The review team has conducted a scoping exercise to test alternative search strings. The exercise resulted in the selection of the following search terms:
Subject: lake*, reservoir*, pond*, fresh$water
Intervention: *manipulat*, remov*, restor*, stock*, introduc*, reduc*, addition
Target: *planktivor*, *benthivor*, cyprinid*, piscivor*, “predatory fish*”, Rutilus, Abramis, Esox, Perca, Stizostedion, Micropterus, Dorosoma, Coregonus, Oncorhynchus, Salmo, roach, bream, pike, muskellunge, perch, pike$perch, zander, sander, “*mouth bass”, whitefish, cisco, minnow, “gizzard shad”
The terms within each of the categories ‘subject’, ‘intervention’ and ‘target’ will be combined using the Boolean operator ‘OR’. The three categories will then be combined using the Boolean operator ‘AND’. An asterisk (*) is a ‘wildcard’ that represents any group of characters, including no character, while a dollar sign ($) represents zero or one character.
Searches will also be made for Danish, Dutch and Swedish counterparts to the above terms. The following search strings will be used (although they in some cases will have to be simplified):
English: (lake* OR reservoir* OR pond* OR fresh$water) AND (*manipulat* OR remov* OR restor* OR stock* OR introduc* OR reduc* OR addition) AND (*planktivor* OR *benthivor* OR cyprinid* OR piscivor* OR “predatory fish*” OR Rutilus OR Abramis OR Esox OR Perca OR Stizostedion OR Micropterus OR Dorosoma OR Coregonus OR Oncorhynchus OR Salmo OR roach OR bream OR pike OR muskellunge OR perch OR pike$perch OR zander OR sander OR “*mouth bass” OR whitefish OR cisco OR minnow OR “gizzard shad”)
Danish: (sø* OR dam OR mose* OR ferskvand*) AND (*manipulat* OR opfisk* OR restau* OR udsæt* OR introduk* OR reduk*) AND (*planktivor* OR *benthivor* OR cyprinid* OR piscivor* OR rovfisk* OR fredfisk* OR skidtfisk* OR Rutilus OR Abramis OR Esox OR Perca OR Stizostedion OR Coregonus OR Oncorhynchus OR Salmo OR skalle OR brasen OR gedde OR sandart OR aborre OR *ørred OR helt)
Dutch: (meer* OR plas* OR zoetwater*) AND (biomanipul* OR “actief biologisch beheer” OR afvissen OR restauratie* OR uitzetten*) AND (*planktivor* OR *benthivor* OR planktoneten* OR bodemomwoel* OR piscivor* OR visetende* OR roofvis* OR Rutilus OR Abramis OR Esox OR Perca OR Stizostedion OR brasem OR snoek OR ruisvoorn OR snoekbaars OR karper)
Swedish: (sjö* OR insjö* OR *magasin* OR *damm* OR sötvatten* OR färskvatten*) AND (biomanipul* OR utfisk* OR reduktionsfisk* OR reducer* OR *restaurer* OR inplanter* OR utplanter* OR utsättning*) AND (*planktivor* OR *planktonäta* OR bent$ivor* OR bottenäta* OR bottendjursäta* OR cyprinid* OR karpfisk* OR piscivor* OR rovfisk* OR Rutilus OR Abramis OR Esox OR Perca OR Stizostedion OR Coregonus OR Oncorhynchus OR Salmo OR mört OR brax* OR gädda OR abborre OR gös OR sik OR *lax OR *öring OR regnbåge)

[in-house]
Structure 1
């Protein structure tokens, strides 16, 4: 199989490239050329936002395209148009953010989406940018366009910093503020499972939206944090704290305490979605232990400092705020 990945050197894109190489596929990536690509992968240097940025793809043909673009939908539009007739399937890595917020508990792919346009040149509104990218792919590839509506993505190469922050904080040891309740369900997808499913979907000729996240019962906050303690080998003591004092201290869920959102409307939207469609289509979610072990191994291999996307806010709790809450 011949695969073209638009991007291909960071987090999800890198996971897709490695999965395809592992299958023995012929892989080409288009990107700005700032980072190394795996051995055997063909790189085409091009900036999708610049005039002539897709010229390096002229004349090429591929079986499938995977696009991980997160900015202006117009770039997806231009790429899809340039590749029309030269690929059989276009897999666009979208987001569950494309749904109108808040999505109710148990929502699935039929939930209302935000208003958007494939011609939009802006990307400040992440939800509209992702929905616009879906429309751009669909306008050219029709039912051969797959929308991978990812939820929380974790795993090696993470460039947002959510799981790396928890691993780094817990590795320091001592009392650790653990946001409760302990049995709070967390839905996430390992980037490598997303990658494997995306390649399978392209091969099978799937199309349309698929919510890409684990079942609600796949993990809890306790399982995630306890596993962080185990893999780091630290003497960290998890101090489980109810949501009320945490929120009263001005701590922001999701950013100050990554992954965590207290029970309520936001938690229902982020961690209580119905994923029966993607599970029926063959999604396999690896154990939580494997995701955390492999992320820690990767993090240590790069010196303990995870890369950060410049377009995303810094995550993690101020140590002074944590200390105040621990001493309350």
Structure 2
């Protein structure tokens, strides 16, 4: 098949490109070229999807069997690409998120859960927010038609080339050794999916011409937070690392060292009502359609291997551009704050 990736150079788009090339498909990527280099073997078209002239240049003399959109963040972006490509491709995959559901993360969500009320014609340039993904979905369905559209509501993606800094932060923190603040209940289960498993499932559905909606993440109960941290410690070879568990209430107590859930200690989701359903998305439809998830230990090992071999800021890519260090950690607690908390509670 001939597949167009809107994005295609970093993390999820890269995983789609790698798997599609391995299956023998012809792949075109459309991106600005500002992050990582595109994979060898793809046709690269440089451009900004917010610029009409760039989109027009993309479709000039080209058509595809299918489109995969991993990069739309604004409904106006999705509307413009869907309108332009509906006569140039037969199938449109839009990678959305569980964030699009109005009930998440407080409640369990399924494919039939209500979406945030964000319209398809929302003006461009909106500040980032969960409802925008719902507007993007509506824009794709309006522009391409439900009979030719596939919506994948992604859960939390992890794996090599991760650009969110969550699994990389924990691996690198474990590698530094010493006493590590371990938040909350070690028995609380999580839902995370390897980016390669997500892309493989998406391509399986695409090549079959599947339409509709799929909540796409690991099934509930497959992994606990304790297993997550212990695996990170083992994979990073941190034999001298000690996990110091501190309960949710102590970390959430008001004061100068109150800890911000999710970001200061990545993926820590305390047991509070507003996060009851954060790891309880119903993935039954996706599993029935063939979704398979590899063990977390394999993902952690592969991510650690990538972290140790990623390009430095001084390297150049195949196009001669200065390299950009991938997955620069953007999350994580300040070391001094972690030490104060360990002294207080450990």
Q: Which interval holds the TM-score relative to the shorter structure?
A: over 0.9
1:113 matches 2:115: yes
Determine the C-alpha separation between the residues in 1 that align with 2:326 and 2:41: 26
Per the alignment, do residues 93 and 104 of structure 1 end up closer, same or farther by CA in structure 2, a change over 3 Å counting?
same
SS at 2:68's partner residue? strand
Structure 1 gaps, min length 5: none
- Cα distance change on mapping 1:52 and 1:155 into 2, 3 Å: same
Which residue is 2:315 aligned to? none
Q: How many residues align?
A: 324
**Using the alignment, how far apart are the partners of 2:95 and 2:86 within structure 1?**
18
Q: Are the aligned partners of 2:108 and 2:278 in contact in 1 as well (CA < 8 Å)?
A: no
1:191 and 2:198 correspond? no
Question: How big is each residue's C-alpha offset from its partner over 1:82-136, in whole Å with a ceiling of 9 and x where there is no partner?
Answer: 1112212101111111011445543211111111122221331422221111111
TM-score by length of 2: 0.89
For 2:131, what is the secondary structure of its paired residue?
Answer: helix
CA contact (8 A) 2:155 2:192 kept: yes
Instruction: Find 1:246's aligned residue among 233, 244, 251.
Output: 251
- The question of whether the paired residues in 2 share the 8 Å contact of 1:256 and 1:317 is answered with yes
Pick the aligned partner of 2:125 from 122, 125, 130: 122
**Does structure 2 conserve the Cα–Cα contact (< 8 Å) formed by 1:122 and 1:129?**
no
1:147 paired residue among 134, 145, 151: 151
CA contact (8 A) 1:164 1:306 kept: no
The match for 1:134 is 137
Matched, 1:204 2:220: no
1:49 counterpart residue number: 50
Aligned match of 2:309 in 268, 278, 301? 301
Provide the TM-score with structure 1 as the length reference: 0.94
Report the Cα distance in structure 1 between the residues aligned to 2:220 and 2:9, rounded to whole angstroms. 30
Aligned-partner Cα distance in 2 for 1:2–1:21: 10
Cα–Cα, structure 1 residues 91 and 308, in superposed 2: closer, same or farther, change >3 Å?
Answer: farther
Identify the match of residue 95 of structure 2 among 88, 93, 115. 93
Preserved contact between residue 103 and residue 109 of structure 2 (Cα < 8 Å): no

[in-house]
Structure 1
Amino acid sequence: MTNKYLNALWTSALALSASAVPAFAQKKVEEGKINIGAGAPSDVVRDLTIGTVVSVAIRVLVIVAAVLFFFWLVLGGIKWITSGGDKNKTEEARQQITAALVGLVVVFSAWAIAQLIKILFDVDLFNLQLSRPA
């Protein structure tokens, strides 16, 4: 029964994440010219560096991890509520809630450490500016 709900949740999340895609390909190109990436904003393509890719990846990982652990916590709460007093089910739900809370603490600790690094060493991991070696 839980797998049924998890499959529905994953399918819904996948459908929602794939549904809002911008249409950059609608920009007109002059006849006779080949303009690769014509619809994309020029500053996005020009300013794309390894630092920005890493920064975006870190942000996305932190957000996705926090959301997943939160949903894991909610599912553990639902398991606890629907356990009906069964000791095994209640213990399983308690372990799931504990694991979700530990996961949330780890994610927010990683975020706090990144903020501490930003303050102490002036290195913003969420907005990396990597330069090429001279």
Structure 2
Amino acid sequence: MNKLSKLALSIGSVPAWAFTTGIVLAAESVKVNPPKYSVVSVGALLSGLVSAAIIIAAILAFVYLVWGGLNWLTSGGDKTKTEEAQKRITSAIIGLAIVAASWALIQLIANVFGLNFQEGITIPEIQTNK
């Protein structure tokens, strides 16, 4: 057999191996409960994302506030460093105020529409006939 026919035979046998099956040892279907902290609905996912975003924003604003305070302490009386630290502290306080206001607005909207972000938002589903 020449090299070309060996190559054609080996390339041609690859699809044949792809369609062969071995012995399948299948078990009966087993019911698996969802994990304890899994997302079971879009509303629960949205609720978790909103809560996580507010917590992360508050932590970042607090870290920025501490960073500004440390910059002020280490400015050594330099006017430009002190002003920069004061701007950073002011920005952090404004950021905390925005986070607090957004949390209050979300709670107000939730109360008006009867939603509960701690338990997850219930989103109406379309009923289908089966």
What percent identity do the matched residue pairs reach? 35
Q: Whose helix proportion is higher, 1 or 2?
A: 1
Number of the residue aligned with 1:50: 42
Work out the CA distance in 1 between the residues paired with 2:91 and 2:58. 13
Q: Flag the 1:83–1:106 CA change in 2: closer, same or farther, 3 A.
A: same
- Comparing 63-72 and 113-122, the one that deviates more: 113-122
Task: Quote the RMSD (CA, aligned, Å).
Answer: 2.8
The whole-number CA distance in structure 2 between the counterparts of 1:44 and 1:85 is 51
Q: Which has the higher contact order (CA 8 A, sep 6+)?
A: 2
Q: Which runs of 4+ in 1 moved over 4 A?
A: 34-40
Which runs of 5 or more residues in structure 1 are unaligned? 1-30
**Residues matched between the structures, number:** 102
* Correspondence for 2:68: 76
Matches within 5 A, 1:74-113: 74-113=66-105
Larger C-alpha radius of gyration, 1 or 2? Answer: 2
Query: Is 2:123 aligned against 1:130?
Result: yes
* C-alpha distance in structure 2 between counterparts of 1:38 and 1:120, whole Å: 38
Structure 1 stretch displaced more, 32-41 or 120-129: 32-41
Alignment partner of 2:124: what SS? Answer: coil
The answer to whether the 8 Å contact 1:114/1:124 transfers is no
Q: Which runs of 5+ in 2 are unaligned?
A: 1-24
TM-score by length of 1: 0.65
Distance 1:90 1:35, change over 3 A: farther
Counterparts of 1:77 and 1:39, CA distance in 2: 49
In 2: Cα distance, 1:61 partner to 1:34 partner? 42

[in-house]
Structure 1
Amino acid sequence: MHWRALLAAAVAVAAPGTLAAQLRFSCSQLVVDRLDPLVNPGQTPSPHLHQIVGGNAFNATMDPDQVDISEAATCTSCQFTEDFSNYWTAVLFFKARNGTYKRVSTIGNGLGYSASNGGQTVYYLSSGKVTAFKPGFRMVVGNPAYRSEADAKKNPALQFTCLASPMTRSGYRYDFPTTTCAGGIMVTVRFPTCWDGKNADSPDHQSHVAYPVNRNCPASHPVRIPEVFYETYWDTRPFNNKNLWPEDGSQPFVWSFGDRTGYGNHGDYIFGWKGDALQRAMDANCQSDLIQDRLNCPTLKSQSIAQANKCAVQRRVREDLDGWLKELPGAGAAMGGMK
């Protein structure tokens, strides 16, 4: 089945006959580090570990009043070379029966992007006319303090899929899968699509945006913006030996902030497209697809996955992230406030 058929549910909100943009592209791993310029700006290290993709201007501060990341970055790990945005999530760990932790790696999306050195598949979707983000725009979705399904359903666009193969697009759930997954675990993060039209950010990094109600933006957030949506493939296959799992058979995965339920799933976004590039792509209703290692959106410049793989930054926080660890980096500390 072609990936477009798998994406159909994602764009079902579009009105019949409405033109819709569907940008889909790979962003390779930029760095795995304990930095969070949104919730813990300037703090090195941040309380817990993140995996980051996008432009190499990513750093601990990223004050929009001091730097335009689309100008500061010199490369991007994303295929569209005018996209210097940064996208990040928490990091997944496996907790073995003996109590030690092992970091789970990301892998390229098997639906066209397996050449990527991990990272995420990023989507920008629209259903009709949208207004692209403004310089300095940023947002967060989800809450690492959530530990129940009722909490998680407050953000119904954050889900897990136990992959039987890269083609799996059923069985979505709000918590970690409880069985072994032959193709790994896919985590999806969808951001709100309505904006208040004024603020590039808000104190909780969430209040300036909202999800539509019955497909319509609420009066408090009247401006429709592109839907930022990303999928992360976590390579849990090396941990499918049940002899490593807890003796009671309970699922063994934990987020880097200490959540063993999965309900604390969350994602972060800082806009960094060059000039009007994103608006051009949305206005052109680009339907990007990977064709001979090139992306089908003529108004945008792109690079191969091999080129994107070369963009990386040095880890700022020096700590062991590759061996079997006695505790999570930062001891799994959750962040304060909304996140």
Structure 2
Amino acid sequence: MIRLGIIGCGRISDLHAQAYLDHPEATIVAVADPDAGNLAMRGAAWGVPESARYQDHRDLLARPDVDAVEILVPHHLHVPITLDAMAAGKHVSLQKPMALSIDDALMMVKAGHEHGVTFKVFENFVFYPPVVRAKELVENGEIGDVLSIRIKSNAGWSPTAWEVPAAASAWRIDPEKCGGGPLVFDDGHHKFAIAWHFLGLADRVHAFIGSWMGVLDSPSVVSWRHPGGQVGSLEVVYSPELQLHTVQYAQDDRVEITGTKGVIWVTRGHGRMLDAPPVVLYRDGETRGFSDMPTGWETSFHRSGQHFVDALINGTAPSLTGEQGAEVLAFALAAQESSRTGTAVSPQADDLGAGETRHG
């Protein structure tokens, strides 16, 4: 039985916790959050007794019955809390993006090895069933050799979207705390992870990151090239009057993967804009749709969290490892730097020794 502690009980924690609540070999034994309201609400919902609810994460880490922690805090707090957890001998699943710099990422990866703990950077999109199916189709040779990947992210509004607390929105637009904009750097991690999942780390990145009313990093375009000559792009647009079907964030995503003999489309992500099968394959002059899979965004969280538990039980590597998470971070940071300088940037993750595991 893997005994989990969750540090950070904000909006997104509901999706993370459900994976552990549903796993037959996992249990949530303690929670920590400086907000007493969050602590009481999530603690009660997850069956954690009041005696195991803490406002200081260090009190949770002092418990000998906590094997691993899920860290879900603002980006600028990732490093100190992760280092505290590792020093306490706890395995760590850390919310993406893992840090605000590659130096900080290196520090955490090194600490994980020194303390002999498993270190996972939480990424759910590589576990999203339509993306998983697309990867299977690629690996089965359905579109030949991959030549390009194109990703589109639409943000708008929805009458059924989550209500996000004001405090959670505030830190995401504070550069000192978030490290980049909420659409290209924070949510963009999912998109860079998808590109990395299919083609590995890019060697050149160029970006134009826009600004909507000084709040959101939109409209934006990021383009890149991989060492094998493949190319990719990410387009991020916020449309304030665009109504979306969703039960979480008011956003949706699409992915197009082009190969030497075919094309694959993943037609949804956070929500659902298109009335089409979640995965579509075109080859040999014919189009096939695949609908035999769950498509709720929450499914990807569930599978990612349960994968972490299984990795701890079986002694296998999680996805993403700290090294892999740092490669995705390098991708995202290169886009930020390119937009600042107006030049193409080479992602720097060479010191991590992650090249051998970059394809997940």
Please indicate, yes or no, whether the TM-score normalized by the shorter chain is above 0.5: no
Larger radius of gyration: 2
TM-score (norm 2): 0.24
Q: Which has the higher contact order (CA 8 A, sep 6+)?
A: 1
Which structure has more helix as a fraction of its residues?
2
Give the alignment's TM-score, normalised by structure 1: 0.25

No time, language or document type restrictions will be applied.
In addition to the main search described above, a complementary search will be made in a few of the sources mentioned below. The complementary search will focus on potential mechanisms and outcomes of biomanipulation, using the following set of search terms:
Subject: lake*, reservoir*, pond*, fresh$water
Mechanisms: trophic, cascad*, food$web, top$down, bottom$up, resuspen*, “stable state*”, bistable, “regime shift*”
Outcomes: water$quality, transparency, clarity, turbid*, secchi, “suspended solids”, phosph*, nitrogen, oxygen, chlorophyll, phytoplankton
The search aims to include the following online databases:
Aquatic Sciences and Fisheries Abstracts
Directory of Open-Access Journals
Other data sources
Relevant literature will also be searched for in bibliographies of literature reviews such as those mentioned in the background section.
In addition, unpublished data may be available from e.g. consultants or local authorities involved in biomanipulation projects. Stakeholders will be asked to suggest suitable contacts.
Study inclusion/exclusion criteria
Articles found by searches in databases will be evaluated for inclusion at three successive levels. First they will be assessed by title. In cases of uncertainty, the reviewer will tend towards inclusion. As a check of consistency, a subset of 100 articles will be assessed by all members of the review team.
Next, each article found to be potentially relevant on the basis of title will be judged for inclusion on the basis of abstract. The reviewer will tend towards inclusion in cases of uncertainty. A subset consisting of at least 10% of the articles will be assessed by at least two reviewers. A kappa statistic relating to the assessments will be calculated. If this statistic indicates that the reviewers are inconsistent in their assessment (κ < 0.5), discrepancies will be discussed and the inclusion criteria will be clarified or modified.
Finally, each article found to be potentially relevant on the basis of abstract will be judged for inclusion by reviewers studying the full text. Again, the reviewers will tend towards inclusion in cases of uncertainty.
Studies or datasets found by other means than database searches may be entered at any of the two latter stages of this screening process.
A list of studies rejected on the basis of full-text assessment will be provided in an appendix together with the reasons for exclusion.
Each study must pass each of the following criteria in order to be included, either by providing all the required data itself or by referring to other studies where supplementary information is presented.
Relevant subjects: Temperate lakes or reservoirs (with an area equal to or larger than 1 hectare) characterised by study authors as eutrophic (or hypertrophic) and/or having summer concentrations of total phosphorus exceeding 30 μg/l before biomanipulation.
Relevant types of intervention: Removal (mainly by fishing) of planktivorous or benthivorous fish, stocking of piscivorous fish and any combination of such interventions.